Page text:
The goldenrod is blooming and the first bright yellow popple leaves shivering in the wind. Sun and grey clouds alternate, and fall is in the air. My associations with this season are all positive, no longer the excitement of going back to school but now the just-as-welcome (after a busy summer) relief of a little slow-down in activity and maybe a little getaway before too many more weeks have passed. At summer’s end I feel the allure of the open road, the call of the Upper Peninsula, and the temptation of untried two-tracks. No reservations, no set destination. That’s the direction—or rather, lack of direction--my reading takes, also.
Titles in my “Books Read” lists appear in reverse chronological order, blog post style, according to when I finished the books, the one at the top being the last one finished. That apparently rigid order can be misleading, however, in that I’m often reading more than one book at a time, sometimes going back and forth between two books, other times jumping among as many as five. Books I’ve started are spotted around in different rooms of the house, in cars, in tote bags and/or on the bookstore counter. Some are new, and some are very old. There is fiction and nonfiction, and there are popular titles along with the obscure. My only rule is that a book can’t go on the list until I’ve reached the last page.
Every now and then I make a “discovery,” and one of this summer’s discoveries of a 20th-century author new to me has been Ruth Moore. I’d never heard of her but acquired several titles for the store and finally, out of curiosity, began reading one. Moore never named the state that provided her novel’s setting, but the place, a rocky, offshore Atlantic coast island, was described in vivid detail.
The island was all granite, its peak a round hill a hundred feet high and naked as a cup. What grew there, grew where the land leveled out at the base of the hill, a wild tangle of northern coastal forest, on roots driven into the crevices of rock. Through centuries, it had made topsoil, deep enough on the island’s western end to grow a little grass, and on that side, too, a half-mile back from the shore, just before the hill started to climb, was a small, deep pond in an alder swamp of almost tropical lushness.
Reading the description of the island, I couldn’t wait to go there and spent days ducking in and out of that faraway world. Finally, after reaching the end of the novel (which seemed abrupt, despite the length of the story), I did a little investigation into the author, and that made fascinating reading, too. The most thorough story of Moore’s life is an essay called “Homesick for That Place: Ruth Moore Writes About Maine,” by Jennifer Craig Pixley. You can read Pixley’s essay in its entirety here. Her title takes its name from the epigram prefacing Moore’s first novel, The Weir: “That was the place you were homesick for, even when you were there," which in turn reminds me of the French phrase “nostalgia for the present.” We feel that when the moment is so full that we can’t help realizing it is slipping away while we are in it, never to return again.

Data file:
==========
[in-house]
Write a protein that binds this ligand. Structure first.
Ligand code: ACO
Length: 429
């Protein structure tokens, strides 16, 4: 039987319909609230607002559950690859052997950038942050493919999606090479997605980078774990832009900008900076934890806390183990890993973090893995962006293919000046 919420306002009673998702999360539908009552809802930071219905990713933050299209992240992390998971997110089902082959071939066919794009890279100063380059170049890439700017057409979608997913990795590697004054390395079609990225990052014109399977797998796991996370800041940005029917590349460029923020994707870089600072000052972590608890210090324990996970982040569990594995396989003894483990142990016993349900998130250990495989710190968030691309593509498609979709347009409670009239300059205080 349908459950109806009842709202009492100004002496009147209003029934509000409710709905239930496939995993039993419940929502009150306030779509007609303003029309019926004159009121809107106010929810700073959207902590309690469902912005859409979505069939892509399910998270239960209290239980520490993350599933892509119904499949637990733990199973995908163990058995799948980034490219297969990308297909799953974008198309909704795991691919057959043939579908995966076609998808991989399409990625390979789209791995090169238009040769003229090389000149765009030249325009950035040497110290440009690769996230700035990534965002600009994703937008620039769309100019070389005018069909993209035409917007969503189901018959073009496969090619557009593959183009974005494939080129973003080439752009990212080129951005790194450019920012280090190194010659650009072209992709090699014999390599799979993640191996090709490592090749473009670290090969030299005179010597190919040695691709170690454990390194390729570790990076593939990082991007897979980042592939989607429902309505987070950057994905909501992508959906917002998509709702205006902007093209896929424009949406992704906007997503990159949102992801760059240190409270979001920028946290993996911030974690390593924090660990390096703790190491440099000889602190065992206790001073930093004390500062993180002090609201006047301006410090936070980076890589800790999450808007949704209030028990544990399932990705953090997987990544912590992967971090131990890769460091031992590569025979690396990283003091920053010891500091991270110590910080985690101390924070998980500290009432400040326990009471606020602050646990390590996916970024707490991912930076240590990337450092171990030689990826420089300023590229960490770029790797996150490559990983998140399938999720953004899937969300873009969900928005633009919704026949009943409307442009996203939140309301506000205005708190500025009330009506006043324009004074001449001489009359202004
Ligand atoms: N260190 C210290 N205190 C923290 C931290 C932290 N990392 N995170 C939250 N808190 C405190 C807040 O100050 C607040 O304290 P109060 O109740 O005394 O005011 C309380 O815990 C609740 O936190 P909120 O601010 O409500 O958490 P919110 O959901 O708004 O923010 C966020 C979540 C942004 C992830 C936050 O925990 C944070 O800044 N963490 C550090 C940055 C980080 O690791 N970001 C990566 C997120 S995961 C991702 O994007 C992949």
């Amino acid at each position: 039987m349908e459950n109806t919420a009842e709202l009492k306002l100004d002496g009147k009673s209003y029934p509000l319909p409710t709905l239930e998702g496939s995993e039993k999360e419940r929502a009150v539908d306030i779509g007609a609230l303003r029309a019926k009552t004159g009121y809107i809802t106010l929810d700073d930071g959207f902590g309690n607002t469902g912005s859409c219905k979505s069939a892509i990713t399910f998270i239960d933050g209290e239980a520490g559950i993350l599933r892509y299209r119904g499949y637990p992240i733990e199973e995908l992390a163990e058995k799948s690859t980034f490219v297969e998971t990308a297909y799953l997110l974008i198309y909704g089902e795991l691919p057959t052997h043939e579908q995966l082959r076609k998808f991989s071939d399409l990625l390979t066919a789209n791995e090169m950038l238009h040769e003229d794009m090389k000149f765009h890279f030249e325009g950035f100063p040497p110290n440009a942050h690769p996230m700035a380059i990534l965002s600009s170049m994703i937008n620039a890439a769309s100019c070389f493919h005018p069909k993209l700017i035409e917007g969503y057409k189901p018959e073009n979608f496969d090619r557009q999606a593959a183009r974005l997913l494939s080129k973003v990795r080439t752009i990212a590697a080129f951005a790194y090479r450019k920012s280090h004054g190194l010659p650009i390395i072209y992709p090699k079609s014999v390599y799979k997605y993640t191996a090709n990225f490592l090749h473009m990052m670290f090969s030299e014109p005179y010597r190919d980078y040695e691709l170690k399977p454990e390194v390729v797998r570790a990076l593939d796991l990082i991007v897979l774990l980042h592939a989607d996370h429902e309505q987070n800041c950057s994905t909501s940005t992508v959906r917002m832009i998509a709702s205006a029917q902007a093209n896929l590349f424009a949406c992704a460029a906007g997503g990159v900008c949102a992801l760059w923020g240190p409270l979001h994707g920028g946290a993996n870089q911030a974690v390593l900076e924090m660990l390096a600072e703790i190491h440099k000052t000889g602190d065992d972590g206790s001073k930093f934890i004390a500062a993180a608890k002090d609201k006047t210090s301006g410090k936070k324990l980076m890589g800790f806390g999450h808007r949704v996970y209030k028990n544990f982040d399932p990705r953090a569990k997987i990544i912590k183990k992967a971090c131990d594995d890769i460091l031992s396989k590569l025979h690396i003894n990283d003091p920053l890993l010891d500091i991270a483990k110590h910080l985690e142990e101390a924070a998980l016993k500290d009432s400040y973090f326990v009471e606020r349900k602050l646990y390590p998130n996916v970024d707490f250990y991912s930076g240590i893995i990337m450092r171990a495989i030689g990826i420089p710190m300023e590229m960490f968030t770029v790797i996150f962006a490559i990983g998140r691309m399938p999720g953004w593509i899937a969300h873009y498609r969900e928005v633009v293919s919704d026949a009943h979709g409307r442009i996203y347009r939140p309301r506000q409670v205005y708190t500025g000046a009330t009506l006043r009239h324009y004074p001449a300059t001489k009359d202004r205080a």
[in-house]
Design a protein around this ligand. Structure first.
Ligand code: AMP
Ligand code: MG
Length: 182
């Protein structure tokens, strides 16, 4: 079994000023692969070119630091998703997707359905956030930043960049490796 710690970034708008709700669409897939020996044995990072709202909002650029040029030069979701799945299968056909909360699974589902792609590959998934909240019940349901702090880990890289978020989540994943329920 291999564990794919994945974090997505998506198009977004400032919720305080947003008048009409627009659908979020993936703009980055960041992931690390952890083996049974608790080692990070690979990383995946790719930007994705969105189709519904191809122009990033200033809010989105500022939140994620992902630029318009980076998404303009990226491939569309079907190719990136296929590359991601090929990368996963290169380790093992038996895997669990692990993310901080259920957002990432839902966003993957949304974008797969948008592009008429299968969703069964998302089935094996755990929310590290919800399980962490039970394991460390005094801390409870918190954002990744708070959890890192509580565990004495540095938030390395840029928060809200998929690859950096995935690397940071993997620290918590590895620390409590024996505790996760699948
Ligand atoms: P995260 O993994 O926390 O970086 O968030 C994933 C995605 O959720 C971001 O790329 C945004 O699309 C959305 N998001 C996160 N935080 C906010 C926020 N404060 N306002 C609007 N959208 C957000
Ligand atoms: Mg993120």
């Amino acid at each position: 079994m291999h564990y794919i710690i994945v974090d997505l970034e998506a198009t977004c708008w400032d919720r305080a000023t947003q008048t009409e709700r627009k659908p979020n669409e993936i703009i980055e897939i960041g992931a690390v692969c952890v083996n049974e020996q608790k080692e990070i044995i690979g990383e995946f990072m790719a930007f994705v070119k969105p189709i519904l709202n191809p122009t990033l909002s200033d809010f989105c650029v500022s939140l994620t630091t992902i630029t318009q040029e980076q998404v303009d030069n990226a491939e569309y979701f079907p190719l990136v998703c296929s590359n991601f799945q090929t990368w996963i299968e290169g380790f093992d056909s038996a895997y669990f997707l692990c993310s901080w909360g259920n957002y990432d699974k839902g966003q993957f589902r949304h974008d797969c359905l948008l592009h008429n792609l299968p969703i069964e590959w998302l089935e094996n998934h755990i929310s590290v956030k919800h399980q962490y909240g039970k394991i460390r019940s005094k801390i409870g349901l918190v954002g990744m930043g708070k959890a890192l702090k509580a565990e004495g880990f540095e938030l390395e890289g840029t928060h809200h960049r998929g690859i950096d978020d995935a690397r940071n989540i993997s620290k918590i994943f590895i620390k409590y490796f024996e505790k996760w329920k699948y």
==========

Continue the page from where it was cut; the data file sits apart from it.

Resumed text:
Moore grew up on Gott’s Island, and Pixley says that the Maine coast was the only place the author ever loved, “the only place for which she was ever homesick.” Not being able to make a permanent life on the island was her sorrow, and yet as Pixley reflects on Moore’s “unconventional attitudes” and “liberal ideas,” she can’t help wondering “what it's like to be homesick for a place in which you have no place, or in which you don't want the place you have.” This, it seems to me, is the situation of Miss Greenwood, one of the characters in Speak to the Winds. Like Ruth Moore, Miss Greenwood has never married. Also like Moore, she has made a close study of the natural world: In one passage of the novel, Miss Greenwood finds her way home in a storm by recognizing the patterns of specific patches of lichens on the rocks. But--
Miss Greenwood wasn’t anybody you could think of loving, being fond of, like other people. Such a thing would never enter your head. She was here, had been here since Joyce could remember—a part of the things at the island; a wonder for living where she did in this lonesome place; a nuisance to the grownups who had to check up every so often, see she was all right; somebody to show off poking fun at, because she looked strange and different from other people. There were the Parties, of course, everybody loved them. But Miss Greenwood herself—
You couldn’t talk to her, like to the people you knew. Oh, if you met her on the Point road, or maybe dropped by at the house....
But to talk to her—it was exactly as if Miss Greenwood had a phonograph record she played with her voice.... It wasn’t very interesting....
There are parts of island life, whether in the novel I read or in Pixley’s biographical essay, that remind me very much of little Northport and other villages in Leelanau County. Once self-sufficient—the fictional Maine island through mining of granite, our own area with fishing and agriculture—summer cottages now ring the coast, while the year-round population has shrunk. Old families now make ends meet by working for summer people.
Elbridge didn’t see how any economy could possibly be healthy, or ever return to prosperity, in a place where two-thirds of the taxable property was owned by people who didn’t use it for nine months out of the year. At the same time, he didn’t see what else could be done. Without the fat taxes the summer people paid, and without the jobs they offered in the summer, the island would be done for.
It’s fiction, set back in time and far from home, and yet it hits close to home, too. Do all roads lead home again?